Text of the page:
One morning Ethan, Dan and I went to a diner for breakfast. Dan and I had argued earlier and were talking stiffly, trying our best to appear cordial for Ethan’s benefit. When our menus arrived, I began reading one aloud.
“Are you going to recite the whole thing?” Ethan asked. He was hungry and moody himself, by then.
“There are none in braille,” I explained, “and Dan needs to know the choices.”
Dan squeezed my hand, but I wasn’t ready to soften to him.
“What?” I snapped. “I’m going to let you starve?”
This is us, learning to be a family. Even in moments of anger, we try to put our emotions aside long enough to take care of what needs to be done. As with all families — though more overtly with us because of our disabilities — this means continuing to take care of one another. Walking home, we were still cross, yet Dan stayed beside me instead of zooming ahead with his guide dog, so he could help me over slick patches of ice.
I once saw a documentary in which women with various disabilities talked about their lives. One, a quadriplegic who operated her electric wheelchair using her chin, held an important job in the mayor’s office of a large city. Her able-bodied husband appeared in the film as well and, at one point, the interviewer asked them how they handled disagreements.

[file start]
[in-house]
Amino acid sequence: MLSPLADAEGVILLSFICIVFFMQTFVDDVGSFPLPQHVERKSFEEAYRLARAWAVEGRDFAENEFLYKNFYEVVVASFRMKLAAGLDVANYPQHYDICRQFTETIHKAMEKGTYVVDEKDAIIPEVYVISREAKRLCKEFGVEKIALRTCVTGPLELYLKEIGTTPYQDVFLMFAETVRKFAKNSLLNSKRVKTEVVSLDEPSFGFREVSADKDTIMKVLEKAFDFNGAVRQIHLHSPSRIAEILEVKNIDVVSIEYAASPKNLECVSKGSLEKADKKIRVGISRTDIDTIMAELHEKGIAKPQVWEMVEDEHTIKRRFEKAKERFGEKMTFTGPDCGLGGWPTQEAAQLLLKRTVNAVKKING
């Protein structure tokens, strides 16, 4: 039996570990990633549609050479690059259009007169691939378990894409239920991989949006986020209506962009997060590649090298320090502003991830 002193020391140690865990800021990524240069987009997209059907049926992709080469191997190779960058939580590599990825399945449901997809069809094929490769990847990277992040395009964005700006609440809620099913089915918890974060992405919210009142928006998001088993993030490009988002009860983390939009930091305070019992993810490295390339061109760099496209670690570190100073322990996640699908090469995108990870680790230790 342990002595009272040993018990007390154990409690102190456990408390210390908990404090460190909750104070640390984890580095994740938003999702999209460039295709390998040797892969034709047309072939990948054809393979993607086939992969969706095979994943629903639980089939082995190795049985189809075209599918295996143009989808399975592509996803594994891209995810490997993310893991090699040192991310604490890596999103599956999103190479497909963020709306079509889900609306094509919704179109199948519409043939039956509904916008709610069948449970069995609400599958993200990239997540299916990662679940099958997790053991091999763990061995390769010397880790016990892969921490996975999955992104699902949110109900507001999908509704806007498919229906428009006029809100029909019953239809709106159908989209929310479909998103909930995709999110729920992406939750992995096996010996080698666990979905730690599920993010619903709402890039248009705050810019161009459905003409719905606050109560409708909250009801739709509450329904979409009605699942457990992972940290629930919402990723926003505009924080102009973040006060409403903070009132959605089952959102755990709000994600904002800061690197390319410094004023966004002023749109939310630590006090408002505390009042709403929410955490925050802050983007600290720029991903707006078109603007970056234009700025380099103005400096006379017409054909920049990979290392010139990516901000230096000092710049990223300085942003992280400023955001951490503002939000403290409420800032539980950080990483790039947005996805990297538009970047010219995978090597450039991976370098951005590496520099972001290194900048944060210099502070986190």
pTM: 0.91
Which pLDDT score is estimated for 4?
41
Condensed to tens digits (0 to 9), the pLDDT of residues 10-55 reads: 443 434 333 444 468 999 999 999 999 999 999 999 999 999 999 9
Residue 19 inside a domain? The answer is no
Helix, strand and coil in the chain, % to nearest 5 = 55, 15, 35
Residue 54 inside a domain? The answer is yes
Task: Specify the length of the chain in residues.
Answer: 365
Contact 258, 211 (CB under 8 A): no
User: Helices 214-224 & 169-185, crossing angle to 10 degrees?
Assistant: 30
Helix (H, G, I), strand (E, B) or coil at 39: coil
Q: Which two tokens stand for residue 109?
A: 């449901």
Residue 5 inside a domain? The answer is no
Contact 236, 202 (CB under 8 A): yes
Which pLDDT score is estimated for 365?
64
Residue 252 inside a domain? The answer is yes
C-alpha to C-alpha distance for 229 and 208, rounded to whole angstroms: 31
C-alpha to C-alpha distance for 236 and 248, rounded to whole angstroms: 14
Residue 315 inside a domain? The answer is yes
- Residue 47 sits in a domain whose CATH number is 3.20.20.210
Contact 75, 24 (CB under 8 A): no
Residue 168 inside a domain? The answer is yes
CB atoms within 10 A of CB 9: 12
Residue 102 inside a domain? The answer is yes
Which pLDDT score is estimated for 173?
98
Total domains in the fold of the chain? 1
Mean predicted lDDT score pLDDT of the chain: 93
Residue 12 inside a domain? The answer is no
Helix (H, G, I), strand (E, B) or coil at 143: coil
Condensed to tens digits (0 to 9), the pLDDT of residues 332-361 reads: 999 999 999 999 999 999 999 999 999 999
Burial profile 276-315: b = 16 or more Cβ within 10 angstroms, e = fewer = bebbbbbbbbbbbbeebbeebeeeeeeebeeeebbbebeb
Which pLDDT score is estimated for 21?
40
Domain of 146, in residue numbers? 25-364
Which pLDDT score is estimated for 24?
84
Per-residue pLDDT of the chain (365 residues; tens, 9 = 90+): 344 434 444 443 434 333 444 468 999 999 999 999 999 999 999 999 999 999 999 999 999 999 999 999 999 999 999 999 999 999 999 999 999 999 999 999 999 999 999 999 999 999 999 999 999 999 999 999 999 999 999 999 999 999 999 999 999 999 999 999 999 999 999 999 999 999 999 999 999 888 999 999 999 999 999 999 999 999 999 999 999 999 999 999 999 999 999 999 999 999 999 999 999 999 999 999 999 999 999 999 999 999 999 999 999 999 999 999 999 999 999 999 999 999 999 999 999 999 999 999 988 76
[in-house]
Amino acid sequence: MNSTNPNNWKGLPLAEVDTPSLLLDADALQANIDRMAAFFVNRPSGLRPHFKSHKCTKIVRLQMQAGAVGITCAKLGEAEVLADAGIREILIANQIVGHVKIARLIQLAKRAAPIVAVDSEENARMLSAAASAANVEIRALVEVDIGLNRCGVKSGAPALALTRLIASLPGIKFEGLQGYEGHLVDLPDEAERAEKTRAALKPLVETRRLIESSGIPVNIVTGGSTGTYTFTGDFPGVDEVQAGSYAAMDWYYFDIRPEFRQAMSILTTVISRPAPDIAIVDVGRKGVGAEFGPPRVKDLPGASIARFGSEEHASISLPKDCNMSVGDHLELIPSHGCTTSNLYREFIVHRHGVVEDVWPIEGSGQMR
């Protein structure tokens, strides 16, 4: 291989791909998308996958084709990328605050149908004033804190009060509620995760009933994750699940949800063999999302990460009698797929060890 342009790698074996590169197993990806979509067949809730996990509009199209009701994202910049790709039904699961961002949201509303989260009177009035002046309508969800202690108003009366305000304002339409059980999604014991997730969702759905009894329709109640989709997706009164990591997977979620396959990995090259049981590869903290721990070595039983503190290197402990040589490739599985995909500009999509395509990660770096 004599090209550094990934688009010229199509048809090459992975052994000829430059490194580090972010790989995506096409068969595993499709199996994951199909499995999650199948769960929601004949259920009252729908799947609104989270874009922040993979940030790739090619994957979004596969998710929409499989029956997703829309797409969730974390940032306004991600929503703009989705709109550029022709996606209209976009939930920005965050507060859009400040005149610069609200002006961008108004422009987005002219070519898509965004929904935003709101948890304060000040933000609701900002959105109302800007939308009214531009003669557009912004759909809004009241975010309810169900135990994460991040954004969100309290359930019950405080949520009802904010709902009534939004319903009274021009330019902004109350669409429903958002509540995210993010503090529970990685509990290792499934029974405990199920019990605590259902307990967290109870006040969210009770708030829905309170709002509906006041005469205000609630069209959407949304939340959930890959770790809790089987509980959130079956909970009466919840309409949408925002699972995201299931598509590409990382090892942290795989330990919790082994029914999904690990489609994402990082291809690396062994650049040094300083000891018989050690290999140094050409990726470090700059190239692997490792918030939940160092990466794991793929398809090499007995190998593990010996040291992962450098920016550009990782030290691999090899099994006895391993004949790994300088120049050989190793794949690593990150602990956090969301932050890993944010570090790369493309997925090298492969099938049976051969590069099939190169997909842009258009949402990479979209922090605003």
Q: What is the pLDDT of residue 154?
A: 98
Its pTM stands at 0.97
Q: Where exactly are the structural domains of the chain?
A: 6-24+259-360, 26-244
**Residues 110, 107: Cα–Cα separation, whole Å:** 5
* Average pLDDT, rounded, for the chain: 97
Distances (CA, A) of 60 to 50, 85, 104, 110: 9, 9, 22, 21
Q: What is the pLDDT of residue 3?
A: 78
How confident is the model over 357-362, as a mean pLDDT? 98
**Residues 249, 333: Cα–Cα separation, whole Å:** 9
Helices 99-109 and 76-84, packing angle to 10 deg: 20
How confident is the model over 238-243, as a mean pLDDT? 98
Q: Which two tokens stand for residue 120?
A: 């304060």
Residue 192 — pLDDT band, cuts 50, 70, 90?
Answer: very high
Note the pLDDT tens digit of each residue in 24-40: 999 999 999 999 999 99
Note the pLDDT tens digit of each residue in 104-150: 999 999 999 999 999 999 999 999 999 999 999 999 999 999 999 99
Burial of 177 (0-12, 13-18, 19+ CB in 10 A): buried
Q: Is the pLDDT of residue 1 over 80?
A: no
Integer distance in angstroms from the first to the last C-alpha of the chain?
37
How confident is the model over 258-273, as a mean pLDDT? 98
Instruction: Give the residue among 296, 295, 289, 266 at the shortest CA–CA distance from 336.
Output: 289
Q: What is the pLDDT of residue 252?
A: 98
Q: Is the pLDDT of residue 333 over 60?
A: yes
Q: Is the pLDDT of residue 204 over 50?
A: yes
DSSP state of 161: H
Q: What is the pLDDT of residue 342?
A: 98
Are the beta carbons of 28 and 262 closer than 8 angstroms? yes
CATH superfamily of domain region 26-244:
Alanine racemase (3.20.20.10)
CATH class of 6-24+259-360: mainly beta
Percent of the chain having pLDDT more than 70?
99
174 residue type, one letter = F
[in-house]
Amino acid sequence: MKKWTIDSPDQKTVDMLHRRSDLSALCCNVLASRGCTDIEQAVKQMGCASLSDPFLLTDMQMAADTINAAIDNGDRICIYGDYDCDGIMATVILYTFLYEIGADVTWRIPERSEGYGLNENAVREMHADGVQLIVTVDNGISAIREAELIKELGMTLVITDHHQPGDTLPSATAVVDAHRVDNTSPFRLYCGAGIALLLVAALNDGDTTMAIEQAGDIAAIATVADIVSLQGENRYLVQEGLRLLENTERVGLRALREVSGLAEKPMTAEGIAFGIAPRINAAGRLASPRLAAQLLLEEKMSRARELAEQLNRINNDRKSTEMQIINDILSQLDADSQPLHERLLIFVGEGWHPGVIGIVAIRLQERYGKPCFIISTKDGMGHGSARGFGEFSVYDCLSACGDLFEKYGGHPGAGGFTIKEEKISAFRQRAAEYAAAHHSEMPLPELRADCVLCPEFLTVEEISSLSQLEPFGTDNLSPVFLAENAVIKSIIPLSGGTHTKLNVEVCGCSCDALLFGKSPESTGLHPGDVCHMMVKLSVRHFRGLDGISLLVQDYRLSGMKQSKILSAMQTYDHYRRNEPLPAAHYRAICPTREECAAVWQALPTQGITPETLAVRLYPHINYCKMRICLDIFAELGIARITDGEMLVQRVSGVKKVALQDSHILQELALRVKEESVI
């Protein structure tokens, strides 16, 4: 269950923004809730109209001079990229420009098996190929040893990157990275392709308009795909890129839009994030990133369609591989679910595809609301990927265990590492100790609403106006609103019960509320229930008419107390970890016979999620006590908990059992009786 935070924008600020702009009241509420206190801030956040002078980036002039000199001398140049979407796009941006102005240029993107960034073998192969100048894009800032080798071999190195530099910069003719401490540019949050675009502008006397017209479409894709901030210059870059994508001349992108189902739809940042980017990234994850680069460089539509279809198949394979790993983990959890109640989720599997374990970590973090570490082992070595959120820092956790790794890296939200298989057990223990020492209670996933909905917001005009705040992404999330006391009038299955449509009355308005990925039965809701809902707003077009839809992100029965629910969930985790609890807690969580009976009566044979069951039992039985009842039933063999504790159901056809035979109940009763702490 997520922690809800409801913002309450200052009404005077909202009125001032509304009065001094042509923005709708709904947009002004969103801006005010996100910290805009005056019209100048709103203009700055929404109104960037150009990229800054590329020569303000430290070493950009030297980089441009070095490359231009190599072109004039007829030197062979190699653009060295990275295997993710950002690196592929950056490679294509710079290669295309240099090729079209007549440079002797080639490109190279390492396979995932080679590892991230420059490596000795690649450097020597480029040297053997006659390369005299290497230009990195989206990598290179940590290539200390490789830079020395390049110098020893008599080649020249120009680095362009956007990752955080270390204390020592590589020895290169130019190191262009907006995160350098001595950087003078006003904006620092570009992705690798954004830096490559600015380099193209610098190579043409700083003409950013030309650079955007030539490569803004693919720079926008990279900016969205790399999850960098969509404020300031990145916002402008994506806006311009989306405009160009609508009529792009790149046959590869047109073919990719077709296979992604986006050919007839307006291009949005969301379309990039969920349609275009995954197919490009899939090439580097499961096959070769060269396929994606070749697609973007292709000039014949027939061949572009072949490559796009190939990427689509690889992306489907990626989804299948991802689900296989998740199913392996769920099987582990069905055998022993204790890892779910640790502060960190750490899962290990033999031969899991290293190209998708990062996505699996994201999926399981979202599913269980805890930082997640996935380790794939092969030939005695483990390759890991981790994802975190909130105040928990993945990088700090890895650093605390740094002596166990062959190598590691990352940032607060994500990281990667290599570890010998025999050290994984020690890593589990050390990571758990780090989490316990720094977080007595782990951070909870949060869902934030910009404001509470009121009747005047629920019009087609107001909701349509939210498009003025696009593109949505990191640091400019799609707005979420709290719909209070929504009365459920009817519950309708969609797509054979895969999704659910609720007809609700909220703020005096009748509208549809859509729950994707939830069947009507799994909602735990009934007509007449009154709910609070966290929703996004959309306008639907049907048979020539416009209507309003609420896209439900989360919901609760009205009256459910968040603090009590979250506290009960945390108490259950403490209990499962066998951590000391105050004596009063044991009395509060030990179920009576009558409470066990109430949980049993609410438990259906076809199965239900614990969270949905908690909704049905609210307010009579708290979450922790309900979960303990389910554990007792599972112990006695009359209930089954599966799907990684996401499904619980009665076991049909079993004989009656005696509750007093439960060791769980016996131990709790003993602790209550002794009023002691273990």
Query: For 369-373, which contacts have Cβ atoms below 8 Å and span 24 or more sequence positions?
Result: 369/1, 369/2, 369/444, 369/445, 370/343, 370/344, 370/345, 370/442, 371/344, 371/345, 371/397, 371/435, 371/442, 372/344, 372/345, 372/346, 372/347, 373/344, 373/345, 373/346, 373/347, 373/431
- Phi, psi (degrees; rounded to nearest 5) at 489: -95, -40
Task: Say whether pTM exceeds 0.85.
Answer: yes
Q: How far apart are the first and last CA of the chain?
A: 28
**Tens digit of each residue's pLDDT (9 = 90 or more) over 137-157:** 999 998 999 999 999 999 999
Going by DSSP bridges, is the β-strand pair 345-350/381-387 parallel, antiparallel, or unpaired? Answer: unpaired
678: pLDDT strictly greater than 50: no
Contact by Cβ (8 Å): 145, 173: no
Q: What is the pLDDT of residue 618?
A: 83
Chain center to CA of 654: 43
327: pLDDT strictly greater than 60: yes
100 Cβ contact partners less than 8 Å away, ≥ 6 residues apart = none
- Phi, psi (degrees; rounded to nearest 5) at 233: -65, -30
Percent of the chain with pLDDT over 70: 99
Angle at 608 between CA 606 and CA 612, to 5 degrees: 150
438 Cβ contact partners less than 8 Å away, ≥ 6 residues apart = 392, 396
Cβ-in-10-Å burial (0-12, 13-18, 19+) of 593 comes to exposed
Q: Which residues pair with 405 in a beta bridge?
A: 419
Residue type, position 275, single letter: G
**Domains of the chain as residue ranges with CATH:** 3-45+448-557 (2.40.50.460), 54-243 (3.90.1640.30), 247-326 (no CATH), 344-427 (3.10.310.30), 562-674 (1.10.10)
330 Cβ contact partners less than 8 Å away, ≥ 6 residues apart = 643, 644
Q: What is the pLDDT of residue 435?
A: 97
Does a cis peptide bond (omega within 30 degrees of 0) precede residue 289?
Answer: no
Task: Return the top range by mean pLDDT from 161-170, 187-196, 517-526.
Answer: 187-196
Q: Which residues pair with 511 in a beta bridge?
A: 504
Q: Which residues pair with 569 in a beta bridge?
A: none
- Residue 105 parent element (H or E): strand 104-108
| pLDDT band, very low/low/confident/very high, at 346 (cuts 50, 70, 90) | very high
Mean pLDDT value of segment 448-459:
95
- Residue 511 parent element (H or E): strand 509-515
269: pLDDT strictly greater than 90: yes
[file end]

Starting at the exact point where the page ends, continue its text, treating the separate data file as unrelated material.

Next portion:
“It’s awful,” she said. “I’ll leave the room dramatically and ten minutes later realize I have to pee.”
Her husband laughed and went on to describe helping her in the bathroom while they weren’t on speaking terms.
The anecdote really struck me, and obviously stayed with me. I saw the film twenty years ago, long before I had a child and knew how it felt to change a diaper or quell the fears of someone who had spent a good part of the day making screaming demands of me. As parents, we shelve a lot of feelings to do the work of caretaking. Likewise, children and those of us with disabilities often have to swallow both anger and pride to accept assistance.
In grouping children and disabled adults together like this, I realize I’m on slippery terrain. Many believe that because people with disabilities need help in certain areas, we’re altogether helpless. It takes finesse to be gracious to those who assist us, while not allowing ourselves to be underestimated or infantilized.
I never experienced this more keenly than when I was a new mother. The first six weeks of Ethan’s life felt like at least as many years. I spent virtually all my time nursing in our glider rocker. There were rare occasions when I slept a full two hours in my bed between feedings, but most often I conked out while sitting upright in the chair.
Through all this, I barely ate. I only have fine motor skills on one side, so I didn’t have the coordination to feed myself with a baby in my arms. I couldn’t walk from the bedroom to the kitchen with him on my breast. If my left “good” hand was underneath him, I couldn’t so much as pick up a glass of water.
If Richard was home, I’d call out to him, and ask him to bring me a drink or something I could eat with one hand. I did not marry a patient man. He’d bring what I requested, but roll his eyes and sigh at the inconvenience.